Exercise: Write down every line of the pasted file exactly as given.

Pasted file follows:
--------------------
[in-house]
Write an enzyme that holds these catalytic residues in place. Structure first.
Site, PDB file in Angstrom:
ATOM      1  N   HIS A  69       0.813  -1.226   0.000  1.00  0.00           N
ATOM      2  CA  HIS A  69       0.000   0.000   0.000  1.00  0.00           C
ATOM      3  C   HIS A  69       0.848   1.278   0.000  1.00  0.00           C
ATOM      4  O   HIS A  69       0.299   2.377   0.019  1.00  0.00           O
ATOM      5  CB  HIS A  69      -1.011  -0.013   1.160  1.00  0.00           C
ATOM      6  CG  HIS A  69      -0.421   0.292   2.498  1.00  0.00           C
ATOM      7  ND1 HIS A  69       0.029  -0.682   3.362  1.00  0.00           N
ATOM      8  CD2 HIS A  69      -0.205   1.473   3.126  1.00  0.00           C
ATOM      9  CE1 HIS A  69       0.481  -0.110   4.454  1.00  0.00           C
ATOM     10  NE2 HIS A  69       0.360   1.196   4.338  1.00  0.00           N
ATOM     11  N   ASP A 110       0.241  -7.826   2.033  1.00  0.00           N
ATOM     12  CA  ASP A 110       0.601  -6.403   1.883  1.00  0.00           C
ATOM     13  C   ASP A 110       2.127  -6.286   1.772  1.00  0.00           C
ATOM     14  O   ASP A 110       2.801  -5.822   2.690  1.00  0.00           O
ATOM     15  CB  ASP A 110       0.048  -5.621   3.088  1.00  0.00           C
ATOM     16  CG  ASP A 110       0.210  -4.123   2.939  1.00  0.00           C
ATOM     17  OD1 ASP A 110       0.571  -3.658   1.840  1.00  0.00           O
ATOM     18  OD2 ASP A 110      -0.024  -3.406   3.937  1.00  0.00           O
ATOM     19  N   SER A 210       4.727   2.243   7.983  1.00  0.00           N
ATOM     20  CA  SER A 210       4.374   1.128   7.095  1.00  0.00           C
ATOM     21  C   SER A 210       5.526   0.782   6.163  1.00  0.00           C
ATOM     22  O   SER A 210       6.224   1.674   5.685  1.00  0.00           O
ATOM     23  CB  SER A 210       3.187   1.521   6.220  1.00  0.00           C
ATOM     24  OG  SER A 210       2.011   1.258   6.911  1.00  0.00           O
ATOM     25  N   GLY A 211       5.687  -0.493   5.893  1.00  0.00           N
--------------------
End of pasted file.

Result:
[in-house]
Write an enzyme that holds these catalytic residues in place. Structure first.
Site, PDB file in Angstrom:
ATOM      1  N   HIS A  69       0.813  -1.226   0.000  1.00  0.00           N
ATOM      2  CA  HIS A  69       0.000   0.000   0.000  1.00  0.00           C
ATOM      3  C   HIS A  69       0.848   1.278   0.000  1.00  0.00           C
ATOM      4  O   HIS A  69       0.299   2.377   0.019  1.00  0.00           O
ATOM      5  CB  HIS A  69      -1.011  -0.013   1.160  1.00  0.00           C
ATOM      6  CG  HIS A  69      -0.421   0.292   2.498  1.00  0.00           C
ATOM      7  ND1 HIS A  69       0.029  -0.682   3.362  1.00  0.00           N
ATOM      8  CD2 HIS A  69      -0.205   1.473   3.126  1.00  0.00           C
ATOM      9  CE1 HIS A  69       0.481  -0.110   4.454  1.00  0.00           C
ATOM     10  NE2 HIS A  69       0.360   1.196   4.338  1.00  0.00           N
ATOM     11  N   ASP A 110       0.241  -7.826   2.033  1.00  0.00           N
ATOM     12  CA  ASP A 110       0.601  -6.403   1.883  1.00  0.00           C
ATOM     13  C   ASP A 110       2.127  -6.286   1.772  1.00  0.00           C
ATOM     14  O   ASP A 110       2.801  -5.822   2.690  1.00  0.00           O
ATOM     15  CB  ASP A 110       0.048  -5.621   3.088  1.00  0.00           C
ATOM     16  CG  ASP A 110       0.210  -4.123   2.939  1.00  0.00           C
ATOM     17  OD1 ASP A 110       0.571  -3.658   1.840  1.00  0.00           O
ATOM     18  OD2 ASP A 110      -0.024  -3.406   3.937  1.00  0.00           O
ATOM     19  N   SER A 210       4.727   2.243   7.983  1.00  0.00           N
ATOM     20  CA  SER A 210       4.374   1.128   7.095  1.00  0.00           C
ATOM     21  C   SER A 210       5.526   0.782   6.163  1.00  0.00           C
ATOM     22  O   SER A 210       6.224   1.674   5.685  1.00  0.00           O
ATOM     23  CB  SER A 210       3.187   1.521   6.220  1.00  0.00           C
ATOM     24  OG  SER A 210       2.011   1.258   6.911  1.00  0.00           O
ATOM     25  N   GLY A 211       5.687  -0.493   5.893  1.00  0.00           N